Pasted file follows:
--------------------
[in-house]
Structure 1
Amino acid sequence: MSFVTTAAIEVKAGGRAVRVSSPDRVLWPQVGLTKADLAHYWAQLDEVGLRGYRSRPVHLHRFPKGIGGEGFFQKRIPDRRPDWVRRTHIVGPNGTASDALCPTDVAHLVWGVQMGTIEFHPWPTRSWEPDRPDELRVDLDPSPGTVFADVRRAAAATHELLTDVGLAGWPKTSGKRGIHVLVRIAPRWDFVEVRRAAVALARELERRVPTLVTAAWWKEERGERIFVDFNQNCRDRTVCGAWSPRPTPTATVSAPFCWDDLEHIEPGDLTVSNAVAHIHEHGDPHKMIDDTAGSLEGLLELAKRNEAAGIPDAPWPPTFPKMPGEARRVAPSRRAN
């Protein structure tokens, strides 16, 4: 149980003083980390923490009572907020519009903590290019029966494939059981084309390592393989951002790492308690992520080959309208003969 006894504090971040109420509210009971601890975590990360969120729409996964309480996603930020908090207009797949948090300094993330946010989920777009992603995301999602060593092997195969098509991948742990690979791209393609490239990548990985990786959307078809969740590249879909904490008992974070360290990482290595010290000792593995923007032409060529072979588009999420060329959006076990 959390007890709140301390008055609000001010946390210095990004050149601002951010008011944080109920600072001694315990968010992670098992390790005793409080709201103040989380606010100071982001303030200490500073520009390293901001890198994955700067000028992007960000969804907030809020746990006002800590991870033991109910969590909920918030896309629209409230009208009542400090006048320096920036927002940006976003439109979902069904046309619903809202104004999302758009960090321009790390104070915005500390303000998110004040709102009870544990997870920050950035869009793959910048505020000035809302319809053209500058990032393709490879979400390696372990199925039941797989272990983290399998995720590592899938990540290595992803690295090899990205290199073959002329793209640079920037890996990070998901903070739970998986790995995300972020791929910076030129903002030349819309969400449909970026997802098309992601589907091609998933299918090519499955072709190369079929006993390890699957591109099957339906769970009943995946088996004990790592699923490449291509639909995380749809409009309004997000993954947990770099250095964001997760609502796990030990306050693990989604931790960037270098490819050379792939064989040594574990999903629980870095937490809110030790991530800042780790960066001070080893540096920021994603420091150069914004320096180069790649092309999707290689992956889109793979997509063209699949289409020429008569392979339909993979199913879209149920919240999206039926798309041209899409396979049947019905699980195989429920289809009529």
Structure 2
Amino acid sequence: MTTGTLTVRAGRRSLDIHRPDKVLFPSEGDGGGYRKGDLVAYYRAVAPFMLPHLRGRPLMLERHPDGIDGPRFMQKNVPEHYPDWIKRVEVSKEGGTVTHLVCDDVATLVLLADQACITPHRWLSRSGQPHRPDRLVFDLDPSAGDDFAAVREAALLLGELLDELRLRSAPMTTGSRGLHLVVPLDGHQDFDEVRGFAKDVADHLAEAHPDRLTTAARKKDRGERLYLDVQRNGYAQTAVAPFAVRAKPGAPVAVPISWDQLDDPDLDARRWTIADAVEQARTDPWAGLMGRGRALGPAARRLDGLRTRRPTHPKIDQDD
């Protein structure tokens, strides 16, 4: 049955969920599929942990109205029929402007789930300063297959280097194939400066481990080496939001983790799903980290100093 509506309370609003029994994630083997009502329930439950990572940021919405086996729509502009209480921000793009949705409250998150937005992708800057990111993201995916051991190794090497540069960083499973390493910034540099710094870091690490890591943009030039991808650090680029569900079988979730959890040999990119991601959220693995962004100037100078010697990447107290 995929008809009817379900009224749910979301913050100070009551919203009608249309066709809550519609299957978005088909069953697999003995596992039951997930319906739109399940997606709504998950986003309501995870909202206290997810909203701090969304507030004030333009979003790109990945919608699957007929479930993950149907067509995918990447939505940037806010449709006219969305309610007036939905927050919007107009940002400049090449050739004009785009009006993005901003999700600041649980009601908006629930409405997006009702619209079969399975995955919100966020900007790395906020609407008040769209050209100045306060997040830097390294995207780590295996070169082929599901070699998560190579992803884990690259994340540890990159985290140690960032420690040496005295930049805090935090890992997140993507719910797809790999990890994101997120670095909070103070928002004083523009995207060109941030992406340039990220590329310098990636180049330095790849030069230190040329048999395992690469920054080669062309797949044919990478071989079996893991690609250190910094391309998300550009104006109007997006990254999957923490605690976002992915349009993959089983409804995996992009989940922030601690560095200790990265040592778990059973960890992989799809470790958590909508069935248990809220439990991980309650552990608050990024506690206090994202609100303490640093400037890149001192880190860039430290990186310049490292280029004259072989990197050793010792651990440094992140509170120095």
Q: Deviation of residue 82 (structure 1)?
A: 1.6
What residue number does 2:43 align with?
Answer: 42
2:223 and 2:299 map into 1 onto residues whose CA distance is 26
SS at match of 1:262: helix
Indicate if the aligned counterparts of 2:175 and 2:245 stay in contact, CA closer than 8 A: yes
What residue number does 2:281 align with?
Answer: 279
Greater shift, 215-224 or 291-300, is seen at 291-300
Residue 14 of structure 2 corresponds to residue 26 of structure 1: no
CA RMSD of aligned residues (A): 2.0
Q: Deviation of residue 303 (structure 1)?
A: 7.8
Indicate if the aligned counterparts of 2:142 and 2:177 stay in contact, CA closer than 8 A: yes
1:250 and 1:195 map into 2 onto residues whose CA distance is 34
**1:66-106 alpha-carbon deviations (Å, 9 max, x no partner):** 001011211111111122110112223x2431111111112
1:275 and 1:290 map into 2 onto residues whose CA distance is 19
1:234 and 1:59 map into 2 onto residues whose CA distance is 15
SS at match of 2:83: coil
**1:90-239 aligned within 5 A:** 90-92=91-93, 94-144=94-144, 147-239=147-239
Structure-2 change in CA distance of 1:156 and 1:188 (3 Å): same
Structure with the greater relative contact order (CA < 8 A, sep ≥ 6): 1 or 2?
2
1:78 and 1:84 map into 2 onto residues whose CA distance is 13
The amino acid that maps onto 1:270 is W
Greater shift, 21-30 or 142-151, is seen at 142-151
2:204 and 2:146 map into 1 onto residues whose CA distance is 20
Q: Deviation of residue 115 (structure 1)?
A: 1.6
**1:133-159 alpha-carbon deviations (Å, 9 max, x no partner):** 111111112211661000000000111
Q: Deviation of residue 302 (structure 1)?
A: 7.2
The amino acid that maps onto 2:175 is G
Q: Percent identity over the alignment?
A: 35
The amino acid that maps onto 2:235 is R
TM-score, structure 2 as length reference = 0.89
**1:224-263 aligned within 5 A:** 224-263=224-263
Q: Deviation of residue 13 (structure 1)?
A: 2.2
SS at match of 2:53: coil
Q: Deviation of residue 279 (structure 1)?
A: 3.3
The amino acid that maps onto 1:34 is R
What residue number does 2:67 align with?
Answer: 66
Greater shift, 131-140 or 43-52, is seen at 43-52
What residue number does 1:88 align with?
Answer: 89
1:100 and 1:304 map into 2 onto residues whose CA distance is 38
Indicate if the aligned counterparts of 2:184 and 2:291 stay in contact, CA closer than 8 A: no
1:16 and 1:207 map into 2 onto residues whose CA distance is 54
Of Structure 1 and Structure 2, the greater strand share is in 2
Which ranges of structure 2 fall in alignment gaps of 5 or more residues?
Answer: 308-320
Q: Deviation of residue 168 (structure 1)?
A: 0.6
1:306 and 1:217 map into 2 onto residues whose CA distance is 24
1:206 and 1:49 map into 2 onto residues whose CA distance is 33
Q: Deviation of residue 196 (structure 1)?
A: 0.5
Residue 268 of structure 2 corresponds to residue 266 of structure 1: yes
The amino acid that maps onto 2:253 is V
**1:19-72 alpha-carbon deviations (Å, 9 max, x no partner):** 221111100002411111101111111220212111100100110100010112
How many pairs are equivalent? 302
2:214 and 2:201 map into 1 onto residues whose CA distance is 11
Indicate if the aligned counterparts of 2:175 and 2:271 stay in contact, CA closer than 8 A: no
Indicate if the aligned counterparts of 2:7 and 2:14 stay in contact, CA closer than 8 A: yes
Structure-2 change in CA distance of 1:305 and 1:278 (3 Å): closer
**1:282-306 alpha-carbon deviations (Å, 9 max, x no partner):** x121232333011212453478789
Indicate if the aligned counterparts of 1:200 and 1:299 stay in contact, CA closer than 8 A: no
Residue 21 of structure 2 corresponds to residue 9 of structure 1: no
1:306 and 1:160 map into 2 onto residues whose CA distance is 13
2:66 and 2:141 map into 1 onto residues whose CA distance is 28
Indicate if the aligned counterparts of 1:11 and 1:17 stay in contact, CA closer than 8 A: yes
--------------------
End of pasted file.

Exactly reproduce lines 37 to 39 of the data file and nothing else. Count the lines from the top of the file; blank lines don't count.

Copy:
A: 1.6
**1:133-159 alpha-carbon deviations (Å, 9 max, x no partner):** 111111112211661000000000111
Q: Deviation of residue 302 (structure 1)?